This has revealed to us how the idea of a teacher can be and should be modified. While talking through the screen, the educator needs to align his or her teaching methods in such a way that the student at the other end feels included in an environment that is nurturing and acts as a protective shield against negativity. The pandemic has, in a way, allowed educators to redeem their name from the accusations of the past by making it obvious that a student cannot be nourished without the physical presence of a teacher. It might seem to be a shamelessly exaggerated demand from teachers who, also as human beings, have had to suffer irreparable losses due to the pandemic. Every day, newspapers creep with the melancholic figures calculating deaths of educators and nothing seems to fill these gaps. However, the online classes, limited as they may be in their reach, allow a reciprocal relation between the teacher and the student.
For a long time, teachers have been trained to read their students like trained psychologists, but now it is the students who should attempt to help their teachers with mental reinforcement against the surmounting tragedy. While this may sound too perfect to be applied in the real world where the movements of the educators and students are determined by the meanderings of the syllabus, the socio-scientific validity of this mindset is upheld as people feel connected to each other when avenues are opened for heart-to-heart communication. While there is always the personal claim to privacy, teachers and students can still interact on a wider plane of subjects that can help both sides maintain their mental health.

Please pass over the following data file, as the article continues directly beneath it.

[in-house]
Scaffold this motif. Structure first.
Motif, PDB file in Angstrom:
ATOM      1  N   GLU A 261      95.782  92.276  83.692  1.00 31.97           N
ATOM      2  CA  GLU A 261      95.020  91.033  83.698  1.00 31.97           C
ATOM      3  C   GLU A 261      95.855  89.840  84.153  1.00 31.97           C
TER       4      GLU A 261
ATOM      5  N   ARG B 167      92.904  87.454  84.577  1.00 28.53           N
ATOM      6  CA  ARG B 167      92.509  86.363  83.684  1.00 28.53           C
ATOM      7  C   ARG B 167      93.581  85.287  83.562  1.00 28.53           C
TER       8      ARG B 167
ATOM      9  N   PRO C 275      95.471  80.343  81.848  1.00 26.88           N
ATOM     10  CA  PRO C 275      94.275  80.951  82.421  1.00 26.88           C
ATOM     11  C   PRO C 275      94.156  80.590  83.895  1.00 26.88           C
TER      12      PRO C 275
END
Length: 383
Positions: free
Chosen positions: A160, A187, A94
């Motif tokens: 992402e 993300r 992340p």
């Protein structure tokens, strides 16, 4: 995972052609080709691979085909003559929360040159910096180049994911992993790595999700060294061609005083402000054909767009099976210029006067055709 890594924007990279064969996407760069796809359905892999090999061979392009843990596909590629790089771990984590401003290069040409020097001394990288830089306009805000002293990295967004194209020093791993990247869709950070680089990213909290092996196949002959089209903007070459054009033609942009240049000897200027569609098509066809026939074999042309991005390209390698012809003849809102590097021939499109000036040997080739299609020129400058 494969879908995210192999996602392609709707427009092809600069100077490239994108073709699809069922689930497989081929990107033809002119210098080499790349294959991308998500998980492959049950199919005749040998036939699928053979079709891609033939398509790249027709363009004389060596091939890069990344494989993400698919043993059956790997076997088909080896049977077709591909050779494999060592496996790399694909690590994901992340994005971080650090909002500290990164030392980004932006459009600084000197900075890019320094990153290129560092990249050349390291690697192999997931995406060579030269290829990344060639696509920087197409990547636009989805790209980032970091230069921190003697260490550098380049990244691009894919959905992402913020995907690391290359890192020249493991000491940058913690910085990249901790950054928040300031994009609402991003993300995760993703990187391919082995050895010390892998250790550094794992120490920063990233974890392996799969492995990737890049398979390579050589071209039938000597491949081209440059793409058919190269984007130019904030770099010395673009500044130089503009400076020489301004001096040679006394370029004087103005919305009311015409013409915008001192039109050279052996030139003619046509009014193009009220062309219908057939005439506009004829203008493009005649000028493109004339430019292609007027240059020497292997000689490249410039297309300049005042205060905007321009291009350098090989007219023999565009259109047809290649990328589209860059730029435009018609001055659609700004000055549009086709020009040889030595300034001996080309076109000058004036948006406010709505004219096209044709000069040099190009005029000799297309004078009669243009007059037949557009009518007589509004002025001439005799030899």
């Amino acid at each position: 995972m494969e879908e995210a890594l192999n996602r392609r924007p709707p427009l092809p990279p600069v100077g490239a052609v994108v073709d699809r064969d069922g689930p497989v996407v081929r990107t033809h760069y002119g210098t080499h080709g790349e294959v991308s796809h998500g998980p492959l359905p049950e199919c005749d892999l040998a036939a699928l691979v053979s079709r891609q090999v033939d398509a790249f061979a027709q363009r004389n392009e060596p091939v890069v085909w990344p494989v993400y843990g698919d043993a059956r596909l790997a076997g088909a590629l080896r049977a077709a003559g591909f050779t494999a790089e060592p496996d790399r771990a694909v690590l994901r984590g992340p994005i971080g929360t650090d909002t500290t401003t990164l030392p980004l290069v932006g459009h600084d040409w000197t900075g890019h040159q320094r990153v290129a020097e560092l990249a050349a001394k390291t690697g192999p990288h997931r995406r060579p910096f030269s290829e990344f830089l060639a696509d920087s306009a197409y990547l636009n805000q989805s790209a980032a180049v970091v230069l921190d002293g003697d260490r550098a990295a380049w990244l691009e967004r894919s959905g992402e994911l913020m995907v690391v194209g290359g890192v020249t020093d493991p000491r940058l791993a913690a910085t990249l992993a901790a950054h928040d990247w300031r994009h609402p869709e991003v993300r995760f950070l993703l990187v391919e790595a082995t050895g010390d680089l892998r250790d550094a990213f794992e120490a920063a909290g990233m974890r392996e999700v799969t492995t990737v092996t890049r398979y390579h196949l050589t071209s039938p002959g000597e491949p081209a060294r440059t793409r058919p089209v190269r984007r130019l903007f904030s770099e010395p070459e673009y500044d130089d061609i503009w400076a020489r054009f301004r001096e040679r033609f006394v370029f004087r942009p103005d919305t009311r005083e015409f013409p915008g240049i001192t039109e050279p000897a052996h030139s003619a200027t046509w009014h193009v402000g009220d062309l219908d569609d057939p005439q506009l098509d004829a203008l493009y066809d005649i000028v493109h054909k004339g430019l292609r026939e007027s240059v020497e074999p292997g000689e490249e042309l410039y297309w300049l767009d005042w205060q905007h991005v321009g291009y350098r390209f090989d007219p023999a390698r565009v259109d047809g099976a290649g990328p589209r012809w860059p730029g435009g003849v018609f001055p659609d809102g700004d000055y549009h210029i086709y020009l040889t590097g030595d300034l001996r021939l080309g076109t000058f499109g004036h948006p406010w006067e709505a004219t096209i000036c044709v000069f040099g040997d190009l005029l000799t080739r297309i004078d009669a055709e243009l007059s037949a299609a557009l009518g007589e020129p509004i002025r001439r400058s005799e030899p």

The Gurukul system provided the teacher’s home to the students as an abode of not only learning but growing, and, in modern times, the teacher has to make the student feel at home by conducting the classes in the required manner. Gone are the days of capitalist assertions of claiming to provide productivity through its designs of professionalism. The only way to make education count in times dominated by superseding concerns is by emulating the idea of personal connection between teachers and students as established by the Gurukul system of education. Questions may arise over the extra efforts being made by teachers for the same pay and even deferred remunerations, but the process will be able to transcend the stereotypical work-for-pay relation and benefit the teacher’s self. The only way that education can be sustained through these challenging times is by revamping the two-way teaching-learning process and imbibing its true meaning.
This does not mean the burden of responsibility lies solely on the shoulders of the teachers. Educational institutions in particular and the Government in general need to speed up their educational reinforcement programmes so as to widen the reach of digital communication among the people at large while simultaneously taking every safe step that brings us closer to the resumption of physical classes. This will involve the provision of proper support to the teachers and the appointment of more teachers to disseminate quality learning on a larger scale. Sadly, several teachers in schools and professors in universities have been denied their salaries citing reasons which are as weak as the government’s efforts to remedy the situation. As long as our educators are not given their due, the country w